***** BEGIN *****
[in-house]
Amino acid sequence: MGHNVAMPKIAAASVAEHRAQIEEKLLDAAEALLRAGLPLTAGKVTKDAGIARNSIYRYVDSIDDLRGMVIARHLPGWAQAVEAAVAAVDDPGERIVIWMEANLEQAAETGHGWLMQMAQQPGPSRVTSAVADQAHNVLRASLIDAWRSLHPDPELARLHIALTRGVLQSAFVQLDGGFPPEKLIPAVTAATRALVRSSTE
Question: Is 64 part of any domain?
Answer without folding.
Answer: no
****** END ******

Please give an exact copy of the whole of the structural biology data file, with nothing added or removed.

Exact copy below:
[in-house]
Amino acid sequence: MGHNVAMPKIAAASVAEHRAQIEEKLLDAAEALLRAGLPLTAGKVTKDAGIARNSIYRYVDSIDDLRGMVIARHLPGWAQAVEAAVAAVDDPGERIVIWMEANLEQAAETGHGWLMQMAQQPGPSRVTSAVADQAHNVLRASLIDAWRSLHPDPELARLHIALTRGVLQSAFVQLDGGFPPEKLIPAVTAATRALVRSSTE
Question: Is 64 part of any domain?
Answer without folding.
Answer: no